Walking home from Roger Williams Park a few weekends back, David and I decided to explore a cemetery we’d passed by lots of times, but had never bothered to check out.
We like cemeteries – the artistry of the stones, the interesting old names, the epitaphs, the morbid semiology of angels, hands, and weeping willows. As an amateur photographer, I love the monochrome stones in their symmetrical rows, the play of light on the inscriptions, the marks that time and weather and human mischief leave on monuments that were meant to be immutable. And as someone who craves narrative, I like to read stories into the stones.
Oakland Cemetery doesn’t look like much from the road. Entering from the park, the first interesting thing you notice is how many headstones vandals have knocked down, and how much trash has blown in or been dropped and not picked up. No wonder Mark C writes on Yelp (who knew that Yelp carries cemetery reviews?), “This dump is an embarrassment…I wouldn’t bury my dog here.”
Most of the monuments are between 40 and 100 years old. Walk on, though, and you find a row of stones dating back much earlier.
Mr. James Brown Merchant who died Oct 4th 1775 aged 73 Years. He was born in England: a pattern of Industry and an honest Man.
Stephen Rawson died March 14th 1773 in the 50th Year of his Age. He was of a noted Family of great Repute. His Life was Amiable and Strict Integrity with universal Benevolence justly marked his Character.
Alexander Black of the City of Coleraine in the Kingdom of Ireland. Merchant. He came to America in the Year 1748 and died in Providence Rhode Island on the 12th of Sept. 1767 aged 40 Years.
Mrs. Freelove Bosworth 2nd wife of Mr. Lewis Bosworth
These much older graves seem out of place, and they are. Brown and Rawson and Black and Bosworth and half a dozen of their contemporaries were originally buried in West Burial Ground, in Providence. They were exhumed and reburied in Cranston in 1870, when West Burial Ground was dismantled to create Hayward Park, which was demolished in the 1960s to make room the I-95/I-195 interchange, which was torn down and rebuilt further south in 2013.
But Oakland Cemetery isn’t only a place of neglect and displacement. Look a little farther and you see an unexpected jumble of colors cutting through the dead grass. These are graves from the last 15 years, lined up head-to-toe, like a traffic jam of the dead. Beneath the plastic flowers and the home-made crosses, the stuffed animals and miniature Christmas trees, the rosary beads and Red Sox caps, the votive candles and Hennessy bottles and last year’s dead leaves, you notice that the surnames are almost all Hispanic, and a shockingly high percentage of the dead are men between the ages of 18 and 30. Google the names, and another pattern emerges.
John Gabriel Espinal, a 20-year-old dental hygiene student, died in August, 2013 – shot dead by the new boyfriend of Espinal’s former girlfriend, the mother of his 2-year-old child.
Luis Dominguez, 18, died in July, 2010 – shot dead by a friend who was messing around with a sawed-off shotgun.
Nairobi Acosta, 20, died in November, 2007 – shot dead as he was leaving an after-hours party.
Luis Abreu, 21, died in October, 2007 – shot dead shortly after midnight, as he was sitting in his black BMW outside his apartment.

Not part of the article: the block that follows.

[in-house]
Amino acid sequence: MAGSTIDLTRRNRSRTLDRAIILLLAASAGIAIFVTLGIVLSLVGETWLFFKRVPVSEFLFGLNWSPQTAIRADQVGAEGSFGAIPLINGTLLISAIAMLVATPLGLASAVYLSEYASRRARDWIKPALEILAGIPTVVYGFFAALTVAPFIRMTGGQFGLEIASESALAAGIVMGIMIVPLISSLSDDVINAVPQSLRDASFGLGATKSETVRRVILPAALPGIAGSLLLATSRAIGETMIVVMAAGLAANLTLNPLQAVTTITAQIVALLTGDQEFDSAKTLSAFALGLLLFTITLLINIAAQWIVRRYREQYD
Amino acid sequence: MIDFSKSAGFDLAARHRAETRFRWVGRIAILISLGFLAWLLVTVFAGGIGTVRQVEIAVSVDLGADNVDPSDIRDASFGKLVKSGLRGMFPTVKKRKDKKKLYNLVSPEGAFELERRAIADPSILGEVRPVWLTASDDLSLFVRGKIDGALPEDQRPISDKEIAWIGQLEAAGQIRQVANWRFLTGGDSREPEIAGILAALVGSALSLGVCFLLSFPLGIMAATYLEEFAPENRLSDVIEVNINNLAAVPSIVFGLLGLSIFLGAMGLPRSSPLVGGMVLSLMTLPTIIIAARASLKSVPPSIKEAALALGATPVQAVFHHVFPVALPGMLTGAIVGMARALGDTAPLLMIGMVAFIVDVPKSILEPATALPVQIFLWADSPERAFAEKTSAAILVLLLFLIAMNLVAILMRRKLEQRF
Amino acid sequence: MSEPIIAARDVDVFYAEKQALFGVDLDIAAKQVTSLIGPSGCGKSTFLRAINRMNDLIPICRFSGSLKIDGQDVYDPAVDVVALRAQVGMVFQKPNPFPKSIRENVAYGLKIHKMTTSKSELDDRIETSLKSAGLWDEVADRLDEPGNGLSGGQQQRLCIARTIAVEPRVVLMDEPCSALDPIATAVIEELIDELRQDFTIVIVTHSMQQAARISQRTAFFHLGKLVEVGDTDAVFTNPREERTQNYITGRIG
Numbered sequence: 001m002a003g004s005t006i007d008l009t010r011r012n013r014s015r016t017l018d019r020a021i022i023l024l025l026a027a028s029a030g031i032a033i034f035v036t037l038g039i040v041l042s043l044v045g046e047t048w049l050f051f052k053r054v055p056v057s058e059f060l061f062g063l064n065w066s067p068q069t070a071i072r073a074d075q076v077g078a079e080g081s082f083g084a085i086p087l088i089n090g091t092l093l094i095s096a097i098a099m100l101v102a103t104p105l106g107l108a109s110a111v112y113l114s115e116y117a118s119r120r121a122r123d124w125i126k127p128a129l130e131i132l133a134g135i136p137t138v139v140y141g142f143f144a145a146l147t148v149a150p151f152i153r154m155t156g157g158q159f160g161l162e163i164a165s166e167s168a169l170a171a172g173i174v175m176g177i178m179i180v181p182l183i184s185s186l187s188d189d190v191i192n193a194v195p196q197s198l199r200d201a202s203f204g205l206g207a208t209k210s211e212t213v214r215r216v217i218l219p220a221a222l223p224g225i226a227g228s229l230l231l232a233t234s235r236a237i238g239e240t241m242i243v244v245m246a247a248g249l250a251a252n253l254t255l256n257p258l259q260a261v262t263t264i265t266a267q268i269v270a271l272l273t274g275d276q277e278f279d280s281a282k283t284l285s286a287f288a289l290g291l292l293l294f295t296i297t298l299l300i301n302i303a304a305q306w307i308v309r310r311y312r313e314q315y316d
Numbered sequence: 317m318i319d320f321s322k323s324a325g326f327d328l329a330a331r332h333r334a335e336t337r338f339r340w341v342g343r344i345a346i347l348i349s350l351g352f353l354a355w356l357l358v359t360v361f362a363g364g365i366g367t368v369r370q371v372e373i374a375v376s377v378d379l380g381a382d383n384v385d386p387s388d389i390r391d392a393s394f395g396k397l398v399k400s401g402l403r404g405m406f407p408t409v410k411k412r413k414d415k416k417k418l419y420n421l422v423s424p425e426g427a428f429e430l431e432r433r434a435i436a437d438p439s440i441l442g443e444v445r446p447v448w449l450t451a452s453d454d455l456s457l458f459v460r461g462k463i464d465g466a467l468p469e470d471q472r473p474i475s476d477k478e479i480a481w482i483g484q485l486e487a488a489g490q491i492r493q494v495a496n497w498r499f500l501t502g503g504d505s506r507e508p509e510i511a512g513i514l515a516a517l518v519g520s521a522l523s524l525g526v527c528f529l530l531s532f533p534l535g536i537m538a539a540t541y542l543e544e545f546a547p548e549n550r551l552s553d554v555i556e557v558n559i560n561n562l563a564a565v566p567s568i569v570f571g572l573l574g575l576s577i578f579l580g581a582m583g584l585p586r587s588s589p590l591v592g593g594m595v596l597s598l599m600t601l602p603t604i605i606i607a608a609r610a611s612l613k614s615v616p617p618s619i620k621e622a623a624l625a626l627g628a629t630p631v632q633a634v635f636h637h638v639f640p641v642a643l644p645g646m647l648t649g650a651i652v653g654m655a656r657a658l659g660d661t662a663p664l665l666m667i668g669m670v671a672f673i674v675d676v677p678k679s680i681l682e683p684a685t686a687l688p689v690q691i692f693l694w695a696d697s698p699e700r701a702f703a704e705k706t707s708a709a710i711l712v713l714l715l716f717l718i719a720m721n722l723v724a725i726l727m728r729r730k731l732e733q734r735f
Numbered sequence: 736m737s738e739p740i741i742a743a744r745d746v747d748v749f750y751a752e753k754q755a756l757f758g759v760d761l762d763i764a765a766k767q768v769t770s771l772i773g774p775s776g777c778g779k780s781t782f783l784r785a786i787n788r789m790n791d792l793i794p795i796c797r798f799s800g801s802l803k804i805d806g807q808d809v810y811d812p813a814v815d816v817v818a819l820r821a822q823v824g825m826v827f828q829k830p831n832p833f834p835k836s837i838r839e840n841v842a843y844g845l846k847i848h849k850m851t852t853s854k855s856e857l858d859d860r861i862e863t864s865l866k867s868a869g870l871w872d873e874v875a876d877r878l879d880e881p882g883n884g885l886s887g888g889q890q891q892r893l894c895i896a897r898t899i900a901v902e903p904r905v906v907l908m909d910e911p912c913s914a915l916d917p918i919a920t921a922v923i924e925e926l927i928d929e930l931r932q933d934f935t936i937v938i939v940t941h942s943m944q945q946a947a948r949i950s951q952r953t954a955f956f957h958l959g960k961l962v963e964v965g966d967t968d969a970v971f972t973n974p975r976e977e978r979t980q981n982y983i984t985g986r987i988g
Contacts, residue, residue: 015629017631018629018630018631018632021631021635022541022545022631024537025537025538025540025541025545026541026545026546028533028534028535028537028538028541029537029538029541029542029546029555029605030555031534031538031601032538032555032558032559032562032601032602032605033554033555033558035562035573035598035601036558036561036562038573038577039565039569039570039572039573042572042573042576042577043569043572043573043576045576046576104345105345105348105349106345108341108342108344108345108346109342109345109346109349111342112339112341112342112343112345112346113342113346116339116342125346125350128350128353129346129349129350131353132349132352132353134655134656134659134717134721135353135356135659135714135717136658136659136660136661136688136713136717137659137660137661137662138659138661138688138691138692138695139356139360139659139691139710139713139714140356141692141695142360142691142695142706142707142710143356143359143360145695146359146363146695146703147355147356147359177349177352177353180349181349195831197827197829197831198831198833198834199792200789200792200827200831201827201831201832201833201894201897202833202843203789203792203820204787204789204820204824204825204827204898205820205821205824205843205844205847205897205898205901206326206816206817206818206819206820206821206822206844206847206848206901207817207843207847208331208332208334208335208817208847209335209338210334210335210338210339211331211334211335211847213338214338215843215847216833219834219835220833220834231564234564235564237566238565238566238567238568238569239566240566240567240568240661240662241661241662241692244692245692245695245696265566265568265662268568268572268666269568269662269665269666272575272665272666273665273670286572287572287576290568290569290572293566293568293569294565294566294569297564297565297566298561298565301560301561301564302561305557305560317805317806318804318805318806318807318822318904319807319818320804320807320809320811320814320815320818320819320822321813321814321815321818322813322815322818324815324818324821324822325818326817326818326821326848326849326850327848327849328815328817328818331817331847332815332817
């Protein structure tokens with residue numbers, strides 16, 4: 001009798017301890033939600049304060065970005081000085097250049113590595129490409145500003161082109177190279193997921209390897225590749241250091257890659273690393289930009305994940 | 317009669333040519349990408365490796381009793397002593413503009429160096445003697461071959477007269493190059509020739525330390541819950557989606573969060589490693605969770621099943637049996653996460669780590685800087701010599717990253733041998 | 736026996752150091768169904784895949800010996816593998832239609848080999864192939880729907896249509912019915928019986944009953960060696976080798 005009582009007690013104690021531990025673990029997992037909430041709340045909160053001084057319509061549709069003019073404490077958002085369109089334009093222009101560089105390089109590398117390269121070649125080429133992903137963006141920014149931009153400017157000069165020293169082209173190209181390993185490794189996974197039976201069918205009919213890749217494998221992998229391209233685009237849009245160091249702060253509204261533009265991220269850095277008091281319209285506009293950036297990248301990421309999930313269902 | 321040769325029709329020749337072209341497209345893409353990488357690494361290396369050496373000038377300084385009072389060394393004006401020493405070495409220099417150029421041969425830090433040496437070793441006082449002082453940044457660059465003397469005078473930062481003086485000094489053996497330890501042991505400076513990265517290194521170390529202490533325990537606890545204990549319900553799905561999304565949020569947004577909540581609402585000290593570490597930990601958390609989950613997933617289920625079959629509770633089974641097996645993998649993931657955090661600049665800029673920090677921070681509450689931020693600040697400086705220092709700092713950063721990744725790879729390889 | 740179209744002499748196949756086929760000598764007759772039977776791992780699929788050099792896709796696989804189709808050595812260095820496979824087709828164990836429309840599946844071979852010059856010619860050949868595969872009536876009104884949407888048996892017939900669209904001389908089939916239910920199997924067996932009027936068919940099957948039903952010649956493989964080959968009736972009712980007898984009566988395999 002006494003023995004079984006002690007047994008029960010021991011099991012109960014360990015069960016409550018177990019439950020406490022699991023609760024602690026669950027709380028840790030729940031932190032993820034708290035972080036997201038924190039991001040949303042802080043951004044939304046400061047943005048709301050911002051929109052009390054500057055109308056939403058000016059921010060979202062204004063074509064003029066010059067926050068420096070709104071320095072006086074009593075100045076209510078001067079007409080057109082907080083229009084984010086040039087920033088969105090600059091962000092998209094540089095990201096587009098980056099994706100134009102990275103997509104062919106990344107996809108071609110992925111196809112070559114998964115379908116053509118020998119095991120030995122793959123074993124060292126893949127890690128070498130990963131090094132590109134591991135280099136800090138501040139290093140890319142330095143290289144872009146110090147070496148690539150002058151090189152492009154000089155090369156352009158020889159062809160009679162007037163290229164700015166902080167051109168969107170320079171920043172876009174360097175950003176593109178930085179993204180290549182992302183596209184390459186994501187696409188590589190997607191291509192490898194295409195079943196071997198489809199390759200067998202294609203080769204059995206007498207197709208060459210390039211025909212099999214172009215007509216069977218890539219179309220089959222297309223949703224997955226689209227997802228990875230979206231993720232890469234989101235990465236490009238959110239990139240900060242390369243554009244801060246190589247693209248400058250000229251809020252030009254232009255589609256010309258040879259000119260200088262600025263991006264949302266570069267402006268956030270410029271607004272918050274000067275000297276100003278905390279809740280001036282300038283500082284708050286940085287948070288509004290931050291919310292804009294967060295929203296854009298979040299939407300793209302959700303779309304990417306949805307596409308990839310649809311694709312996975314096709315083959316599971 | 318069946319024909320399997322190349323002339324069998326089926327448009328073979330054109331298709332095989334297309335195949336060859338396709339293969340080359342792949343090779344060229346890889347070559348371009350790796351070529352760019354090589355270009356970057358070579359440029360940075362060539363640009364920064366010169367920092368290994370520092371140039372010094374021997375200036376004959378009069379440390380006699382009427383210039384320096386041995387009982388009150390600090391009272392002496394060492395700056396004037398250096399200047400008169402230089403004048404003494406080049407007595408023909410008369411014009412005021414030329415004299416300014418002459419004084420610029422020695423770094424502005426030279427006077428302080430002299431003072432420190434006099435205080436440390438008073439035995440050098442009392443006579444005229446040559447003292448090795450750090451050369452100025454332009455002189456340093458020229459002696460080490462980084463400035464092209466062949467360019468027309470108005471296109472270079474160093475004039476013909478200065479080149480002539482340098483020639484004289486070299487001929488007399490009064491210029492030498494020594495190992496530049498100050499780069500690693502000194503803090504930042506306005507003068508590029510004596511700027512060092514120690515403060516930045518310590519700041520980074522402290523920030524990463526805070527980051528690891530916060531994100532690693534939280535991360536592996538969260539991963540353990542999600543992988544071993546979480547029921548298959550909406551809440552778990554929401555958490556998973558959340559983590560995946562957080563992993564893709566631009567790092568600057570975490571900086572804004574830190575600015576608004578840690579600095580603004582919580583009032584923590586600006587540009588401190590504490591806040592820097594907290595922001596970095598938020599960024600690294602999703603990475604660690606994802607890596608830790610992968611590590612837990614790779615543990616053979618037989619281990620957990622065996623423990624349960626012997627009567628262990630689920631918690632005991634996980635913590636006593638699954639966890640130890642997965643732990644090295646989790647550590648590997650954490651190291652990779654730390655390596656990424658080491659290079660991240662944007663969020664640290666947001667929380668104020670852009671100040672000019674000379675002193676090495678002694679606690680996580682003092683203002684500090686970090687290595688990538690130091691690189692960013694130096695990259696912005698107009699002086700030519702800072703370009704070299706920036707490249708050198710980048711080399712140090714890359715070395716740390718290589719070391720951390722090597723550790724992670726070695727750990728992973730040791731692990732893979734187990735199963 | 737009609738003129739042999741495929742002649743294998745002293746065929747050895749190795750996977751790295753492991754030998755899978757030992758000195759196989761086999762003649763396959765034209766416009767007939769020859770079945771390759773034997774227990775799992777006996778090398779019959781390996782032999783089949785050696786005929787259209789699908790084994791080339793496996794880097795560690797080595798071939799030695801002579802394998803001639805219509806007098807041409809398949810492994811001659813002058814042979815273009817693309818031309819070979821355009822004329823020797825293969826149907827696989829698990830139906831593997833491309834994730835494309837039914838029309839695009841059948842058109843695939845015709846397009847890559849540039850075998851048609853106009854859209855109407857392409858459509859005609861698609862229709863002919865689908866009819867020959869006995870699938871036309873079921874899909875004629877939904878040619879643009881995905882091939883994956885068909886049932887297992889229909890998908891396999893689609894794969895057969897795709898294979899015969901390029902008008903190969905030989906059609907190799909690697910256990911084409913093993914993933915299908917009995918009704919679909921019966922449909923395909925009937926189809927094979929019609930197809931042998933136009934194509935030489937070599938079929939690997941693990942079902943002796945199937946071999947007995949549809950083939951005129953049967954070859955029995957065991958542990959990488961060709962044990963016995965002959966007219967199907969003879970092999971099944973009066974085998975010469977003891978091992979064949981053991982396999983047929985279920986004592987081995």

Omar Polanco, a 19-year-old Walmart worker, died in September, 2008 – shot dead at 3:30 a.m. from a passing car, a few blocks from his family home. The day we visited Oakland, Polanco would have turned 21. Mylar birthday balloons bobbed over his grave.
Among these newer graves is a tall, granite monument carved with the figure wearing an ornate robe. He holds an orb with a cross in one hand, and raises the other hand in blessing. The portrait set into the corner of the stone shows a handsome man with a shaved head, bright eyes and a benevolent smile. Below is an inscription.
Beloved father, son, brother and friend
Apr. 13, 1971 – May 31, 2009
Being a streetworker – it’s like being a peacemaker. It’s the thing you want to be.
Blessed are the peacemakers for they shall be called the children of God. Matthew 5:9.
Cartagena died at 38, in a three-car accident on I-95. A former member of the Almighty Latin King Nation youth gang, Cartagena had a history of hurting people and 15 arrests on his record. In 2005 he joined the Institute for the Study & Practice of Nonviolence, a Providence-based nonprofit dedicated to combating gang violence and youth crime. The Providence Journal described Catagena as one of the organization’s “most effective leaders.”
I’m sure there are more stories like these at Oakland Cemetery. But David and I only stayed so long. It was awfully cold out, and we felt self-conscious, walking around and taking pictures, especially when other people came with fresh decorations for their loved ones’ graves. When does honest interest become disrespect? What’s a public park and what’s a private shrine? What am I to make of that little leap of excitement I felt when I discovered Oakland Cemetery’s story?
I was just starting to consider these questions when the impersonal became intensely personal. David’s dad died. We dropped everything and flew to Colorado – an event still too raw to write about here. Back home two weeks later, I picked up what I’d been working on.
When I went back to check Yelp, I found that a new review had been posted while we were away. “My father was buried a year ago this past march 25th,” writes Juan V, “I went and visit the grave and set some flowers (Plastic from dollar store) and today, Saturday March 29, the flowers are gone, don’t guess me wrong but that only happens in the Dominican Republic, and I know who did it, the person is from that country, what a disgrace, I don’t even want to be part of that community anymore. I feel sorry that my father is buried there.”